The new switch gave me a reason to upgrade their switch cover plate too, which looks better in wood than the putty colored plastic we replaced. This switch is from GE and has a 150 degree field of view as well as a timer (time left on after last motion detection, set to 5 min) and a light sensitivity sensor, so it won't come on at all in the day time.

So - I've spent nearly $100 to save pennies now, but I'm sure they'll add up to many dollars saved later. We also have an electric water heater which I plan to put a timer on so it's only on when we will have to schedule ourselves to use it - morning, evening and for the lunch hour will have to do. Keeping all that water hot all day is too expensive, and a timer for that (40 amp, 240 volt) is only another $45. That one will probably pay for itself in a month or two. I do plan to call the coop though as they already have a remote shutoff on it to kill it during peek load times.

Lets see - oh yes, the garden is in and I've been chopping wood in preparation for a wood stove to be installed sometime this summer - if I can settle on one. Had been looking at Vermont Castings but their reputation for durability isn't that great amongst owners and family members. I'm looking at Kuma brand and other sturdier steel units that are both high efficiency and can handle burning trash, as we will likely do. Hopefully we can use fire for heat a good portion of the coming winter rather than the increasingly expensive electric needed to run the blower in the gas furnace... and the gas that goes with it.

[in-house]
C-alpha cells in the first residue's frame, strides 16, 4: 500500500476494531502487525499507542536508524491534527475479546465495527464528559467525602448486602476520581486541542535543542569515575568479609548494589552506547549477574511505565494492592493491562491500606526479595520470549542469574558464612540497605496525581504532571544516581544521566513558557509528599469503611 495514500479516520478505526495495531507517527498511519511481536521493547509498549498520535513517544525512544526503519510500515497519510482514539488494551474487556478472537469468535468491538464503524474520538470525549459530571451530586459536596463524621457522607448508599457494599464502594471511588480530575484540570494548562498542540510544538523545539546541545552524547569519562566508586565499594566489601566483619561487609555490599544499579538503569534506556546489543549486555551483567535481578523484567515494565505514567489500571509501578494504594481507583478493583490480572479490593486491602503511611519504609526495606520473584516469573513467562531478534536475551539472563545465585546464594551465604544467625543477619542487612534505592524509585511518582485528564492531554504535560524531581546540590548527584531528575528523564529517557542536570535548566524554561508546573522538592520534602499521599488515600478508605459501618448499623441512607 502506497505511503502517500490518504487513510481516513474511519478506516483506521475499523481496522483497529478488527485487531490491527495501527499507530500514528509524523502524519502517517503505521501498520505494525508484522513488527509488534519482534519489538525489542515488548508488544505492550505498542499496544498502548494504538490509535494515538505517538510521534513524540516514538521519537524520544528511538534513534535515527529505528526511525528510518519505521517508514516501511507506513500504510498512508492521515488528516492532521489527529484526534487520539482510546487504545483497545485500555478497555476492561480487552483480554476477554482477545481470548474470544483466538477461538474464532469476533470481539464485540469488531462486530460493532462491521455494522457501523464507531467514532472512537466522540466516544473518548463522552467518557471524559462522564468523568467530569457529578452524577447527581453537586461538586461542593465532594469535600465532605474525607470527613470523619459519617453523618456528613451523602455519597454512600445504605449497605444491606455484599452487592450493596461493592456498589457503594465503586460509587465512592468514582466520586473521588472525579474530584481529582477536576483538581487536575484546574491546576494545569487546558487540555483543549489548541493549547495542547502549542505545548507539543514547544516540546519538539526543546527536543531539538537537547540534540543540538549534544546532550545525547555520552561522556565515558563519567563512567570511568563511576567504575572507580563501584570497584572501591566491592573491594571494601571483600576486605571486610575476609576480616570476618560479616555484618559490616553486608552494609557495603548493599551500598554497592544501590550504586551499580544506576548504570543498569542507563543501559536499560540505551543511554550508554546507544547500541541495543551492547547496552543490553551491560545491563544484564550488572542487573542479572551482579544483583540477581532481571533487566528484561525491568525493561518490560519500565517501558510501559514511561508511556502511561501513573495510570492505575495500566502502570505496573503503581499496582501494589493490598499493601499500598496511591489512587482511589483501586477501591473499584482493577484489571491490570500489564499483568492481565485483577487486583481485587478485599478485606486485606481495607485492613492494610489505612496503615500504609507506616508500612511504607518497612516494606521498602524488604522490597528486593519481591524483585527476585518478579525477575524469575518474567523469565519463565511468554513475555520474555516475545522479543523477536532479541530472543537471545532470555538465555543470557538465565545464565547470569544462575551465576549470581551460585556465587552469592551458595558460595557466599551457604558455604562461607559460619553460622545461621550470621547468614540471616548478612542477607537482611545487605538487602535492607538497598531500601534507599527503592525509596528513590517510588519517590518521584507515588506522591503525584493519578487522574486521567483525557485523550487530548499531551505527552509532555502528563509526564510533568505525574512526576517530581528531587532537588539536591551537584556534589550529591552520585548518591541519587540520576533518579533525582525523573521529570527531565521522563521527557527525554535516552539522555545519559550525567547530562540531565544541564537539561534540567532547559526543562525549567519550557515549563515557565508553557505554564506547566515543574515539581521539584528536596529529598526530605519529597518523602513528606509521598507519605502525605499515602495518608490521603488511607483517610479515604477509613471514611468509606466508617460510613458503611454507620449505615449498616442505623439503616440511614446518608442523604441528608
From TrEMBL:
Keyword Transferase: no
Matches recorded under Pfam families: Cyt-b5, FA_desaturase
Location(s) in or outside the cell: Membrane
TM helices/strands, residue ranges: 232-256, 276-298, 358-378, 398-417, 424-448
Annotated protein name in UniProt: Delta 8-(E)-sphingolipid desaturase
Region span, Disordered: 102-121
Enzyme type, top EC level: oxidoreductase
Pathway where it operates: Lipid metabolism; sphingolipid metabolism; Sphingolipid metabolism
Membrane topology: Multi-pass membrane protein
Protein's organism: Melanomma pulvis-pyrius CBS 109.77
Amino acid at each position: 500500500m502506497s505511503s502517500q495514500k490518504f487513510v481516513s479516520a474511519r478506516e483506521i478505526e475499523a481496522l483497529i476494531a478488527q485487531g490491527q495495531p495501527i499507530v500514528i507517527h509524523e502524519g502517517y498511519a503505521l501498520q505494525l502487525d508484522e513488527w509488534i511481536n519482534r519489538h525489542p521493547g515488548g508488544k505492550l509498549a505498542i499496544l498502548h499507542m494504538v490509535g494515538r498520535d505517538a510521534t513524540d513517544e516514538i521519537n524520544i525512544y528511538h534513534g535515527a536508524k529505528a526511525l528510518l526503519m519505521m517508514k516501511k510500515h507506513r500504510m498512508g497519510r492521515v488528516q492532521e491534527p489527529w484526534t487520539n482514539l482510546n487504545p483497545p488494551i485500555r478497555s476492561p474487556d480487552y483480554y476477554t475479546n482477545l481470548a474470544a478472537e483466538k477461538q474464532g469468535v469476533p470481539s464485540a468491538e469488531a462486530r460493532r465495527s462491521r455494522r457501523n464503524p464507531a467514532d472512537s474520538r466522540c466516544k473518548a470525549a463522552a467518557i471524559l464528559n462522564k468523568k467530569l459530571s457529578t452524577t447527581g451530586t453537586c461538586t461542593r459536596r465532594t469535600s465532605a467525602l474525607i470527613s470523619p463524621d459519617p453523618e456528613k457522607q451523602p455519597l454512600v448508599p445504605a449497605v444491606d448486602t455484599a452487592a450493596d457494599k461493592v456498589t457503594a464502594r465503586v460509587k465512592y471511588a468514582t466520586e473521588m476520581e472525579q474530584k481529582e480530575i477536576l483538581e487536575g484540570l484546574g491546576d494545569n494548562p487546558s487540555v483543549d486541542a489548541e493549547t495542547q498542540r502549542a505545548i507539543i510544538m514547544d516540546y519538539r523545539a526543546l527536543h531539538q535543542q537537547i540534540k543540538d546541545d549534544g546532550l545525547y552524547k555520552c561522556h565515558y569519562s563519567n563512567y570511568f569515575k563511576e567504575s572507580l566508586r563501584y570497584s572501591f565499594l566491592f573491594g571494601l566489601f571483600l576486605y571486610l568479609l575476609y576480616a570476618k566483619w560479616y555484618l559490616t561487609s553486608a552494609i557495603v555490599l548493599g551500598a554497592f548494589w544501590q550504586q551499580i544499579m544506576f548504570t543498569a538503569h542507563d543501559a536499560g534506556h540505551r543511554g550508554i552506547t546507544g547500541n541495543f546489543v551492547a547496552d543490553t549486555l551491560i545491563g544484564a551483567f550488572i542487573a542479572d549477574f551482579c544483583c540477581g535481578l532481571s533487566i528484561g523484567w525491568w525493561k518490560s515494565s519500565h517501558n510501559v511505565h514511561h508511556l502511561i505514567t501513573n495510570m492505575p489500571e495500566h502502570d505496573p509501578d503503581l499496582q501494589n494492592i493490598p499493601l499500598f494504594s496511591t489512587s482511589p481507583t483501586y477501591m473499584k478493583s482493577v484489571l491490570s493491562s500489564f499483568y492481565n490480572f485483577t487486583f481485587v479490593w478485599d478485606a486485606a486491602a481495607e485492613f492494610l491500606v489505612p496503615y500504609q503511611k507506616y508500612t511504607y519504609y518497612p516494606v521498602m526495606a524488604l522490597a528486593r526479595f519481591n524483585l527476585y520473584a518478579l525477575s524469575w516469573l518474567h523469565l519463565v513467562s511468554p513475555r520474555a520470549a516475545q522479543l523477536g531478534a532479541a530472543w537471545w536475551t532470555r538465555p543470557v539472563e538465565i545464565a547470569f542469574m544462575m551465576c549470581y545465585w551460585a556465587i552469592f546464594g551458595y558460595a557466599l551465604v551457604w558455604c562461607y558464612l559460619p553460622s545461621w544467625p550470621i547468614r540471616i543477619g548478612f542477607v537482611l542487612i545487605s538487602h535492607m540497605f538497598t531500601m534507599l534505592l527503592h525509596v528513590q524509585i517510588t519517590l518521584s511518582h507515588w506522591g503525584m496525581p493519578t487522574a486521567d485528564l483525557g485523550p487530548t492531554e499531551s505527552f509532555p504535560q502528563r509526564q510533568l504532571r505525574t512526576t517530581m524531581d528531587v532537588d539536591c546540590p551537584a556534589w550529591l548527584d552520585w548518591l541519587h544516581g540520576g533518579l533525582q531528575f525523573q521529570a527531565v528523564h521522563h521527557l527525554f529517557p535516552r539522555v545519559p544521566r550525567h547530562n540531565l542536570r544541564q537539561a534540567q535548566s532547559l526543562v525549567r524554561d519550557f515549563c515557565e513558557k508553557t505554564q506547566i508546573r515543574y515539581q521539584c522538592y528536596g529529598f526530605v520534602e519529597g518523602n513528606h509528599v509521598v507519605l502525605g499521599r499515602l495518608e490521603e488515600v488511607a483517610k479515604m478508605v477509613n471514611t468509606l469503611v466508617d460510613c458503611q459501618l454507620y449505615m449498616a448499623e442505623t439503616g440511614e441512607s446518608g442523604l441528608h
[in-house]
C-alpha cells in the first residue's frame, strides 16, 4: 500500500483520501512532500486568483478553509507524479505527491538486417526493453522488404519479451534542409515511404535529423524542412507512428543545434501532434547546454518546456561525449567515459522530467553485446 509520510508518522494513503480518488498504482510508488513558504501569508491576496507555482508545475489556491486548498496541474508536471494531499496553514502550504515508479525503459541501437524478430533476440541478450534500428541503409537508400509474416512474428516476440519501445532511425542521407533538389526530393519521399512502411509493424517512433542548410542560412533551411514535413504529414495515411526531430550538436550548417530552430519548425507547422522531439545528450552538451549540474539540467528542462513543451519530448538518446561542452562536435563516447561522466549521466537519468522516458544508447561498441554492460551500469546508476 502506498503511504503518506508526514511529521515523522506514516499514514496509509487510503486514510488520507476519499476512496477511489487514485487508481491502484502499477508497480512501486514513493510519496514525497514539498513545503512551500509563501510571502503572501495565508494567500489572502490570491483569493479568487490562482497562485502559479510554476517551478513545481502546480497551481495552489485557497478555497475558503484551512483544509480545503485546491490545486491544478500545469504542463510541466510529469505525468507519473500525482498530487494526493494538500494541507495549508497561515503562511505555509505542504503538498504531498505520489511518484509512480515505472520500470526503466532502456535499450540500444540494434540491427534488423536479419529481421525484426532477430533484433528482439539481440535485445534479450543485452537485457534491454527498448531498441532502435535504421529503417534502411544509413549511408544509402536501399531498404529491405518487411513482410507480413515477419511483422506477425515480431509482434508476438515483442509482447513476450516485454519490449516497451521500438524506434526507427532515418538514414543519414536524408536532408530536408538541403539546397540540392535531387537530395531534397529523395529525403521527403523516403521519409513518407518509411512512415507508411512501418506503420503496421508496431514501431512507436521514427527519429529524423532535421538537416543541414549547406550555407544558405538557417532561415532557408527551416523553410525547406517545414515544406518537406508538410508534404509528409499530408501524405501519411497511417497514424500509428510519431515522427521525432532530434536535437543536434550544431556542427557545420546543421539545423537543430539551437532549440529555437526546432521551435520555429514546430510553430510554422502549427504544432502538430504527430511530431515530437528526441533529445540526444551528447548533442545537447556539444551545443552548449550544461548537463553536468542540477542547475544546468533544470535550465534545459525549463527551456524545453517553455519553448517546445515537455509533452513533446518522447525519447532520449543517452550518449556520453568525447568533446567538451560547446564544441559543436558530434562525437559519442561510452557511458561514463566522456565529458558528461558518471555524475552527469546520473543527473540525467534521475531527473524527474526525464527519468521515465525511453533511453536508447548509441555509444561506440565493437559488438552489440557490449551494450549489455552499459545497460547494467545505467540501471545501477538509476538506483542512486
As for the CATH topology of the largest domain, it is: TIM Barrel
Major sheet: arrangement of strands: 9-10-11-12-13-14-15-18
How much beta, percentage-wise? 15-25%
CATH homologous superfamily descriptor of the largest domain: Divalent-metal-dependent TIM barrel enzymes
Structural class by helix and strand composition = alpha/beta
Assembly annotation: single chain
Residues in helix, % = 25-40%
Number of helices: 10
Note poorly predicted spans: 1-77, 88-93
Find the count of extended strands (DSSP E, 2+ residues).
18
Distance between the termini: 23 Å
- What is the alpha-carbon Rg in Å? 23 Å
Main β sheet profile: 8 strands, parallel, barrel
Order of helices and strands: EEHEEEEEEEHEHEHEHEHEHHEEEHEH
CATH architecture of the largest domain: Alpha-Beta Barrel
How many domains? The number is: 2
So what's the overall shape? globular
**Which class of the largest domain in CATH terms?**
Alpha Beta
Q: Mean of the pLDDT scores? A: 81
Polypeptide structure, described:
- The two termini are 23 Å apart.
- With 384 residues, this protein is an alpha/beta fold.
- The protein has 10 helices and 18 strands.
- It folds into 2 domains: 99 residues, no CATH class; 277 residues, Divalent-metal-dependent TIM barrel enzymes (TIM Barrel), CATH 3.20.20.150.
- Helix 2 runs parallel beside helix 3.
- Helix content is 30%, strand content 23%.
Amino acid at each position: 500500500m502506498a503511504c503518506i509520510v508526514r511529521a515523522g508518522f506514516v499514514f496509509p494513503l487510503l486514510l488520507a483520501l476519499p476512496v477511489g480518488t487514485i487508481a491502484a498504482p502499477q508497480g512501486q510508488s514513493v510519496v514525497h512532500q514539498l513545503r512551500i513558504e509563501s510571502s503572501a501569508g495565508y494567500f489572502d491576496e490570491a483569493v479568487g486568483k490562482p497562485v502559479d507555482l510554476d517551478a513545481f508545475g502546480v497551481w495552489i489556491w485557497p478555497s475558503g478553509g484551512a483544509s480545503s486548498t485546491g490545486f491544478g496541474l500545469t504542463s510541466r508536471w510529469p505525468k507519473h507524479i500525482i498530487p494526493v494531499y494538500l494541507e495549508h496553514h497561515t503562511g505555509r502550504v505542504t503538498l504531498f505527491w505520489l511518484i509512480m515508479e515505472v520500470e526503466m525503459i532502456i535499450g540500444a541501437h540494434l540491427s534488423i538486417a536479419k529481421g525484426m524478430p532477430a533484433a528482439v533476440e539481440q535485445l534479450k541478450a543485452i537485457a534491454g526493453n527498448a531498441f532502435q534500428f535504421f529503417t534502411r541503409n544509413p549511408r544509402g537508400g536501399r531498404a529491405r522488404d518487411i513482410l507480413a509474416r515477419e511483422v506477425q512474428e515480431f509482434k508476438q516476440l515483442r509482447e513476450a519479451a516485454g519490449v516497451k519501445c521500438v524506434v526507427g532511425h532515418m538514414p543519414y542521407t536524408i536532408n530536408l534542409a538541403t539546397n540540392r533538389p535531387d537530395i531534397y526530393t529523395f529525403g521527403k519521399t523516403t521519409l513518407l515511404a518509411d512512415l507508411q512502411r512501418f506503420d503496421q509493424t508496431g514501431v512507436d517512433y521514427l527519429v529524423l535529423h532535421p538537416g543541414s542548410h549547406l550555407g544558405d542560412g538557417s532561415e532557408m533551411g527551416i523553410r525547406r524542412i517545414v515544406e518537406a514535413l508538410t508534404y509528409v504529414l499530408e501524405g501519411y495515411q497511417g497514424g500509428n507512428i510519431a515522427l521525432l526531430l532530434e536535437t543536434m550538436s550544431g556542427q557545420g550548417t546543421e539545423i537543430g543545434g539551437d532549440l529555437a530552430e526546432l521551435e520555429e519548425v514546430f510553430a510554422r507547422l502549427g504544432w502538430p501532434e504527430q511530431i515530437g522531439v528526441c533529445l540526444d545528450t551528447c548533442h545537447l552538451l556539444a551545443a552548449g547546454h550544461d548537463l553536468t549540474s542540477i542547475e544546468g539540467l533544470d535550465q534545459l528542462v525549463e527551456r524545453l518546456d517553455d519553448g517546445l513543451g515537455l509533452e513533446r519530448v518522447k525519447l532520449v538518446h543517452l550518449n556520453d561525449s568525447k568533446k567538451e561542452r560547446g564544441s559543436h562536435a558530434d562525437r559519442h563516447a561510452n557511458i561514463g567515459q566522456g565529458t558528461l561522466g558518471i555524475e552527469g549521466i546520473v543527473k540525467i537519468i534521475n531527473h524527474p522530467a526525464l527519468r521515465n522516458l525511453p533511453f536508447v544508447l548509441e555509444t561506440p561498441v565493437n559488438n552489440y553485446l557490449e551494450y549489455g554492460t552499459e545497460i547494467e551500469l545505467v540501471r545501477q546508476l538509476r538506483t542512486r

Wednesday, April 15, 2009

Window Stress

You may remember my post about our new windows. It's been about 6 months since installation completed and the winter was a lot harder on things than I ever guessed they would be.
Our nice new front window took the brunt of 70mph gusts and the vinyl frame cracked near the top left of the center window. The glass is all intact but a small amount of water was forced through from the outside by the incredible winds. The company that installed has estimated it will take $1500 to repair as the expect they whole thing needs to be replaced.